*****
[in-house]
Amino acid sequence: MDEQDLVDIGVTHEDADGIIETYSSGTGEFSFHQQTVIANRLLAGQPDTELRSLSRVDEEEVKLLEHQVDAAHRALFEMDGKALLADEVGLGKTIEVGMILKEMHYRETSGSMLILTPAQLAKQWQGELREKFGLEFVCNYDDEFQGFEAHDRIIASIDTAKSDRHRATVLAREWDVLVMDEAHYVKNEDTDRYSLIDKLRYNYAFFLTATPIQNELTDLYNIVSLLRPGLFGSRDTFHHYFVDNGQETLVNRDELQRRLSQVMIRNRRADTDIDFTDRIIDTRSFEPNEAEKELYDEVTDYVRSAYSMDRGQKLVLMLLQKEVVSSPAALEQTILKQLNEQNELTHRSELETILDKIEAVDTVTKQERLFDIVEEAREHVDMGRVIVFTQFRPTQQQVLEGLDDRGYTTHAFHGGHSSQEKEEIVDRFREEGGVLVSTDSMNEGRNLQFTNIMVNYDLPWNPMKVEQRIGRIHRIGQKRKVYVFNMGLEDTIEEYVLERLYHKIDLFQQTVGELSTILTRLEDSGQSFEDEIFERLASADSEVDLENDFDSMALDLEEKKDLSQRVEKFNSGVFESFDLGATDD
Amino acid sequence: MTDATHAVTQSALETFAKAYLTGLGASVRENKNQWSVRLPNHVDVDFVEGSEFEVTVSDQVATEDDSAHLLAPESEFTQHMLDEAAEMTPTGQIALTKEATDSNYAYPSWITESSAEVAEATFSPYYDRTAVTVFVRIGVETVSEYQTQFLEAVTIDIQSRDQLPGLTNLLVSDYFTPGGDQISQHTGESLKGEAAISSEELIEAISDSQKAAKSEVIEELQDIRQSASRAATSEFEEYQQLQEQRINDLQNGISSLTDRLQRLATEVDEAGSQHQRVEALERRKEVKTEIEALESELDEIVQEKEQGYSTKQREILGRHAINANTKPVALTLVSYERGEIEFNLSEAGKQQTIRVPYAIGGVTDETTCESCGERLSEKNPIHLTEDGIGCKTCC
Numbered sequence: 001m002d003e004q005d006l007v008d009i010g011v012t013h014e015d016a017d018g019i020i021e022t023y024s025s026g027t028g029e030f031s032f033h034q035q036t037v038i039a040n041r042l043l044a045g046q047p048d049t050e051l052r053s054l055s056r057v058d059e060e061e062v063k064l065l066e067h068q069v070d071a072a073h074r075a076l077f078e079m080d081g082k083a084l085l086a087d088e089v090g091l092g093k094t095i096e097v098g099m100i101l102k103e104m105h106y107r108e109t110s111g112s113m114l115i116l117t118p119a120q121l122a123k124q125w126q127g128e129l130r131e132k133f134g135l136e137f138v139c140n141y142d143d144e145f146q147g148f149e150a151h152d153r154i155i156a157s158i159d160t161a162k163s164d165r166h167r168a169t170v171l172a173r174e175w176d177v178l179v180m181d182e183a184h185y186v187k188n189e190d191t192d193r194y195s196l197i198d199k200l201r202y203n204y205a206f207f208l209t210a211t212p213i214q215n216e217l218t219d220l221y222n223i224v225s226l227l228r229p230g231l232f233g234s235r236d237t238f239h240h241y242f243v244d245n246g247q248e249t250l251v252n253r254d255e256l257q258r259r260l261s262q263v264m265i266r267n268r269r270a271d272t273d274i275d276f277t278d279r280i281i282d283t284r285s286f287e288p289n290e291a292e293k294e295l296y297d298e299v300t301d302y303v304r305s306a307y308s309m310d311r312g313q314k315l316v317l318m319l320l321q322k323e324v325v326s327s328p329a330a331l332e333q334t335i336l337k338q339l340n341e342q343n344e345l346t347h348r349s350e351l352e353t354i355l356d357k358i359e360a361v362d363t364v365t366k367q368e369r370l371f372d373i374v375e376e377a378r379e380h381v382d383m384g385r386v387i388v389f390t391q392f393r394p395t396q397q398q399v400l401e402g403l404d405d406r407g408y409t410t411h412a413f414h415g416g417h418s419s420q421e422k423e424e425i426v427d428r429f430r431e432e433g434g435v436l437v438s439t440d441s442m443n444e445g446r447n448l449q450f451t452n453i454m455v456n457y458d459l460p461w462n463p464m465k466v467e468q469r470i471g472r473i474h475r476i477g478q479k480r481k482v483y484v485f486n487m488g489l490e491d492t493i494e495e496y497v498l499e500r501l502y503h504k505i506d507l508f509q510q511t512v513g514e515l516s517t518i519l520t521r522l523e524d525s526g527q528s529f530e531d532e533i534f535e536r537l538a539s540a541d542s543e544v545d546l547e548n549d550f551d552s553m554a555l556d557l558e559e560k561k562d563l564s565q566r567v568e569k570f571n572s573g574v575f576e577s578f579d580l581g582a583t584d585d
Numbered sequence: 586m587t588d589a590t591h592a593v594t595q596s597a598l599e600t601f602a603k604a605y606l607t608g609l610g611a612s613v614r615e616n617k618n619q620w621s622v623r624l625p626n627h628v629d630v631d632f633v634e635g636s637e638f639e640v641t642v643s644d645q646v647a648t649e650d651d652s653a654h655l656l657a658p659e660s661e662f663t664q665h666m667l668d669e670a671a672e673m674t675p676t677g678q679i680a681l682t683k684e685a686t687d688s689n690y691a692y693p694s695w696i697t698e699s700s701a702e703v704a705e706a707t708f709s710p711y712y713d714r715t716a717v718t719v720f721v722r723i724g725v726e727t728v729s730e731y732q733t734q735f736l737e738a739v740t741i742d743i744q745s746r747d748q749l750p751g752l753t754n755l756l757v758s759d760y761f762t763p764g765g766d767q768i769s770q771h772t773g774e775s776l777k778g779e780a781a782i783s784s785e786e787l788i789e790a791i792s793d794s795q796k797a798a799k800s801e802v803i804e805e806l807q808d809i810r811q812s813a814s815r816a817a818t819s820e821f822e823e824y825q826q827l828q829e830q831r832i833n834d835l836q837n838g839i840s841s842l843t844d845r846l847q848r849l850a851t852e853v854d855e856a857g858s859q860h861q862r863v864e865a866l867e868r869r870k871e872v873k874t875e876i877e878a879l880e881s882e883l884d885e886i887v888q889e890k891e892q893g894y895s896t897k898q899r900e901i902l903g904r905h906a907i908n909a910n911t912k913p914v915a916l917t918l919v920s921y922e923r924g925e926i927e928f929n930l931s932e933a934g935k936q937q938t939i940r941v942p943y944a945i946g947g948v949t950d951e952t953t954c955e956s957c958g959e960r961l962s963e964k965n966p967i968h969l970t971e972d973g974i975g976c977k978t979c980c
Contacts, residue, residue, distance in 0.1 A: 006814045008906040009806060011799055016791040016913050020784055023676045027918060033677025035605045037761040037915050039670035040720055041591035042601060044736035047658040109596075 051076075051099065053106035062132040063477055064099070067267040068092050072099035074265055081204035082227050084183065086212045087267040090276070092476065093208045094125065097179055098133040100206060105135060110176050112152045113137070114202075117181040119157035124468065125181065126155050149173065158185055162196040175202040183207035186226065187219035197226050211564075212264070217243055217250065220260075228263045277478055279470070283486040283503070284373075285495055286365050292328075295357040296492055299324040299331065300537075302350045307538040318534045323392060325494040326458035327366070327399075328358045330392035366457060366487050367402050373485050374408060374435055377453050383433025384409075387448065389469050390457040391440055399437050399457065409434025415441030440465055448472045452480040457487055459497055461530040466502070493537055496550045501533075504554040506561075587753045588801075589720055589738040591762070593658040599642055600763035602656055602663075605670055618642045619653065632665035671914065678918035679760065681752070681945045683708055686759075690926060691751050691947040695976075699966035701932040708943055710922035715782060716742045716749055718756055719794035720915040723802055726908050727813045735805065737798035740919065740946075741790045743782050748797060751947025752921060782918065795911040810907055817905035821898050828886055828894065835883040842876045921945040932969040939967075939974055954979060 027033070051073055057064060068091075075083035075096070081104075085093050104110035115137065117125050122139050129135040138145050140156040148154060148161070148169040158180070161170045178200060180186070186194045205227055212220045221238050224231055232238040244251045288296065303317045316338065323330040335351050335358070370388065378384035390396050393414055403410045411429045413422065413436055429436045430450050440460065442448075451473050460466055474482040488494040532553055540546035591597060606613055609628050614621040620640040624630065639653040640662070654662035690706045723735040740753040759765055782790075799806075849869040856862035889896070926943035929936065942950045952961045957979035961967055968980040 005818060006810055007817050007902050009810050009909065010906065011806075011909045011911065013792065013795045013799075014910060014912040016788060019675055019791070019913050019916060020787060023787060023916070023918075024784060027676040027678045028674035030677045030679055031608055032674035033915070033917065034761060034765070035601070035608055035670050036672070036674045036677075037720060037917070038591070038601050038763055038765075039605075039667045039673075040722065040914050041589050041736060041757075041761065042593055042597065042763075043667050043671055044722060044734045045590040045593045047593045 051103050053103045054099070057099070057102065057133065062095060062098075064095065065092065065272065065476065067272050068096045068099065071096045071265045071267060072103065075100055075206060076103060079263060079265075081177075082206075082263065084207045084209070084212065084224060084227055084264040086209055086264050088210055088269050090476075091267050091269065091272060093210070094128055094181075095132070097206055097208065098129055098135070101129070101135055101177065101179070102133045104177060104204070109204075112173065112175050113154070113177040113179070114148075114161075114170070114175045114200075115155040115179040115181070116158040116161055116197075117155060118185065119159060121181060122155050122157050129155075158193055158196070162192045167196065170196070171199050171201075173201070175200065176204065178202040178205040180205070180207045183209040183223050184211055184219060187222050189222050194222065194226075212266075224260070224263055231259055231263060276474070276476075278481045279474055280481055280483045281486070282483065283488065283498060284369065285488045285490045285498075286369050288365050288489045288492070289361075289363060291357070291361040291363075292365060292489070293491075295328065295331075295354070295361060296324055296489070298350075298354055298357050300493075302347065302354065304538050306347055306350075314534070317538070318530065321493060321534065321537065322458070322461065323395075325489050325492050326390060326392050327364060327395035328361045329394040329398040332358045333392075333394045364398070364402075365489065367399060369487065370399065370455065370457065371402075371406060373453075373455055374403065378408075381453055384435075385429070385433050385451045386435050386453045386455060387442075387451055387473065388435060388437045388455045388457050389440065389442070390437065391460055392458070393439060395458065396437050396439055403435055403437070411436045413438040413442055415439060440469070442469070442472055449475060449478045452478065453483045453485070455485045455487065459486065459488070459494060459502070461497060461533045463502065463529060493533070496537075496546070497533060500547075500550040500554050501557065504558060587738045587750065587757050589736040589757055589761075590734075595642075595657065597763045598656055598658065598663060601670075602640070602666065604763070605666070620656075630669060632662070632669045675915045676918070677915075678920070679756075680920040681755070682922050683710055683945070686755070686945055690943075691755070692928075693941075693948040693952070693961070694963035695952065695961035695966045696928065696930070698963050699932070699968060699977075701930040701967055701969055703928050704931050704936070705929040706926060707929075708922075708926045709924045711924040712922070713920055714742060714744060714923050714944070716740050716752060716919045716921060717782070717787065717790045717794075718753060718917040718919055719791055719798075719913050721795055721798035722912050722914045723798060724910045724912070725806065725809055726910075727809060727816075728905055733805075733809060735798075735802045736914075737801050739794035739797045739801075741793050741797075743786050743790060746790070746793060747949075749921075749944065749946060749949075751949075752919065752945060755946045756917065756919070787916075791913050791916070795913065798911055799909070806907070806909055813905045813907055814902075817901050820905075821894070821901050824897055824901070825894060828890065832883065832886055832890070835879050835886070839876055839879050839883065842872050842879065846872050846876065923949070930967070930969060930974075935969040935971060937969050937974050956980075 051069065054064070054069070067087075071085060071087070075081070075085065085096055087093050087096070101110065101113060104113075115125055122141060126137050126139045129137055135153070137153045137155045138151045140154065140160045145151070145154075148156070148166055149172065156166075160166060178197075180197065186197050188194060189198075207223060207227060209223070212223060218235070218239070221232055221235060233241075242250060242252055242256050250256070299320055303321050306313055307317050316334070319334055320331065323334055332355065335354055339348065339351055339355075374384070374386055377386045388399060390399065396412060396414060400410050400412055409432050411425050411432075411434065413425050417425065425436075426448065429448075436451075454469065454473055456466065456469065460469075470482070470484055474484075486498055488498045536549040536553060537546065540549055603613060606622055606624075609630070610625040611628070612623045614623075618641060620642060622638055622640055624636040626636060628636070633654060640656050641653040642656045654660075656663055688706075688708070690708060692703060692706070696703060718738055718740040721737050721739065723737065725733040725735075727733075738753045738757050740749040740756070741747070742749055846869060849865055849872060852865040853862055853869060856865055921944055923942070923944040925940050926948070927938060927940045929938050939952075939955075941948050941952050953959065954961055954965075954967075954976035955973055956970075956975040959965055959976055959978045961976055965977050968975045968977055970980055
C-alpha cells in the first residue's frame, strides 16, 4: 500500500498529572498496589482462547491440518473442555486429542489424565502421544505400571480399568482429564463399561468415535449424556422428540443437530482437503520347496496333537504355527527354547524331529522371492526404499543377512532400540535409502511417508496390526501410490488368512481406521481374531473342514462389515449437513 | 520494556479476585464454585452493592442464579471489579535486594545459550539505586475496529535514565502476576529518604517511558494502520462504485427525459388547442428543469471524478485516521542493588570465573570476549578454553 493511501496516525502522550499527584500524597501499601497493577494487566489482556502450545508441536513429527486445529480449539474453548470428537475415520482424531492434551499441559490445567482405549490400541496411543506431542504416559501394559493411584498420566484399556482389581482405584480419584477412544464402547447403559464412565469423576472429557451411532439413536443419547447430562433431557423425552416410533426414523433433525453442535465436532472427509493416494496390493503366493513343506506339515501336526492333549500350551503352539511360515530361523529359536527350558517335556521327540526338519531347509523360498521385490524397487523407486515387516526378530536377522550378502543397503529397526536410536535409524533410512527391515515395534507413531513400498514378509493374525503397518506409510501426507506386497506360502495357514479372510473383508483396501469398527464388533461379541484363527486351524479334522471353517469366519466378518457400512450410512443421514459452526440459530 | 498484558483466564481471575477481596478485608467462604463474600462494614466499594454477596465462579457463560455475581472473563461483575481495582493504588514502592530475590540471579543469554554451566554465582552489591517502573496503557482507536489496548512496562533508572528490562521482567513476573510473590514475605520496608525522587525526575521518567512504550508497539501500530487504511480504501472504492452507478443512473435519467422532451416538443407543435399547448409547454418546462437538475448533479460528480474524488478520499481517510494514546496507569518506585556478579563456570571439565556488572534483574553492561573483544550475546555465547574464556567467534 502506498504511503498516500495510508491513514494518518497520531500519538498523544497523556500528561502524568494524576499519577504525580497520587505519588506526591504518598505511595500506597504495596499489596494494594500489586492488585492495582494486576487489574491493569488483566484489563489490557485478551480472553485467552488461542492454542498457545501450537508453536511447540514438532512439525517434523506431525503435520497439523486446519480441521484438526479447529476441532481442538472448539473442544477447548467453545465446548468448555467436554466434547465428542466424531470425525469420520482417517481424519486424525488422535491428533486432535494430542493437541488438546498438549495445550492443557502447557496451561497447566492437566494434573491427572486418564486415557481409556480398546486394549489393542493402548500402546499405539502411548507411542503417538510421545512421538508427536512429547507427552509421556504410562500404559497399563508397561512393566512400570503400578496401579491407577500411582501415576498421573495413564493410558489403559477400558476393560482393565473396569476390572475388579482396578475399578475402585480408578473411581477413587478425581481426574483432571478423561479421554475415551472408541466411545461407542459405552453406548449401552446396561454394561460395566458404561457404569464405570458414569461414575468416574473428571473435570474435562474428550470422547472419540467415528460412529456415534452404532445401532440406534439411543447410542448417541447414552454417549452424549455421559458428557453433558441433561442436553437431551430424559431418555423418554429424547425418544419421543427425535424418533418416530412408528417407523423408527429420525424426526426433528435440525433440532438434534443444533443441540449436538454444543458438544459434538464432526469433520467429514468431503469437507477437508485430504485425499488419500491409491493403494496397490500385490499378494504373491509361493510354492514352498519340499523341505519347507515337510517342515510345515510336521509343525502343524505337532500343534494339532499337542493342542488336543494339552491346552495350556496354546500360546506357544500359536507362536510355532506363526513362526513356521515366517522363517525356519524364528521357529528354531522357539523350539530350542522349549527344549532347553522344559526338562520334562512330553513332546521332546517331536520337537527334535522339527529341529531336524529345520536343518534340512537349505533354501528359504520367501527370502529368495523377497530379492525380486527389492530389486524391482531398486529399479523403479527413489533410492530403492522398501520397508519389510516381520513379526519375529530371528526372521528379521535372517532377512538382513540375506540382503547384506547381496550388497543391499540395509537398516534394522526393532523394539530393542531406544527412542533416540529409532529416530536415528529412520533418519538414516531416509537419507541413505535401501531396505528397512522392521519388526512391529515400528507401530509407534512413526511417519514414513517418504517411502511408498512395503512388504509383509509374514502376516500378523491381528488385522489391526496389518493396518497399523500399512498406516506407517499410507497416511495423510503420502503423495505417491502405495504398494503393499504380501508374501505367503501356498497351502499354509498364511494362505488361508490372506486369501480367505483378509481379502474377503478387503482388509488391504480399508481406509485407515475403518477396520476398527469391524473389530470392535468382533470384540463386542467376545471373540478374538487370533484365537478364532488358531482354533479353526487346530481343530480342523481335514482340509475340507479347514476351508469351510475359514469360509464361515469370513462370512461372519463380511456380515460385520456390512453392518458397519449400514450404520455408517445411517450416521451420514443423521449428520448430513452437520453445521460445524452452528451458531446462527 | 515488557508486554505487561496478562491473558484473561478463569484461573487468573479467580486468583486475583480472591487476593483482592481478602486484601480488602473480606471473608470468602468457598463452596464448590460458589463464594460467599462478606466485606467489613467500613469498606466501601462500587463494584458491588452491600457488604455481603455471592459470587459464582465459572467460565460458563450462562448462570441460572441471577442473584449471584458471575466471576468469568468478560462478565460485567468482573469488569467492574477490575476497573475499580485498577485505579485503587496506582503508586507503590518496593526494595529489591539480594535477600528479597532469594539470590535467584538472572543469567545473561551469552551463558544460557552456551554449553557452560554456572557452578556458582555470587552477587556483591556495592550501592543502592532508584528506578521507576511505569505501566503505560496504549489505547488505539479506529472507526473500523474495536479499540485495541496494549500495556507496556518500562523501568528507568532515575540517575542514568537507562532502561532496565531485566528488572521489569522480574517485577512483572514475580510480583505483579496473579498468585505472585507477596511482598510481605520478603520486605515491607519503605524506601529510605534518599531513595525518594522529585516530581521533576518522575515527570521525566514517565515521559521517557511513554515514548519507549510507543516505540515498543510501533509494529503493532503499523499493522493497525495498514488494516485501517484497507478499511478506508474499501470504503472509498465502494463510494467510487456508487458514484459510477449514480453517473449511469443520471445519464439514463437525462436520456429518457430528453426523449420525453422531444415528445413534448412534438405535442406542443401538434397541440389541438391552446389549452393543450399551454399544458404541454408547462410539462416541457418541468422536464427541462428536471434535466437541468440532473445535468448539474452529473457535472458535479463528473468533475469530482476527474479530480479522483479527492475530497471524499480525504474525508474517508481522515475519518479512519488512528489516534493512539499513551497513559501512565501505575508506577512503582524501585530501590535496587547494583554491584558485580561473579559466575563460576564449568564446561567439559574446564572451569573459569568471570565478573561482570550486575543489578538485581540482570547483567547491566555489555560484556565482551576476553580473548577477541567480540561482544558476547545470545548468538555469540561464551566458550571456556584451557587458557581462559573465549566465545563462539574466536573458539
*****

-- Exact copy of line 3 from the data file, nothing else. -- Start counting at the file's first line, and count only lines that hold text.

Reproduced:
Amino acid sequence: MTDATHAVTQSALETFAKAYLTGLGASVRENKNQWSVRLPNHVDVDFVEGSEFEVTVSDQVATEDDSAHLLAPESEFTQHMLDEAAEMTPTGQIALTKEATDSNYAYPSWITESSAEVAEATFSPYYDRTAVTVFVRIGVETVSEYQTQFLEAVTIDIQSRDQLPGLTNLLVSDYFTPGGDQISQHTGESLKGEAAISSEELIEAISDSQKAAKSEVIEELQDIRQSASRAATSEFEEYQQLQEQRINDLQNGISSLTDRLQRLATEVDEAGSQHQRVEALERRKEVKTEIEALESELDEIVQEKEQGYSTKQREILGRHAINANTKPVALTLVSYERGEIEFNLSEAGKQQTIRVPYAIGGVTDETTCESCGERLSEKNPIHLTEDGIGCKTCC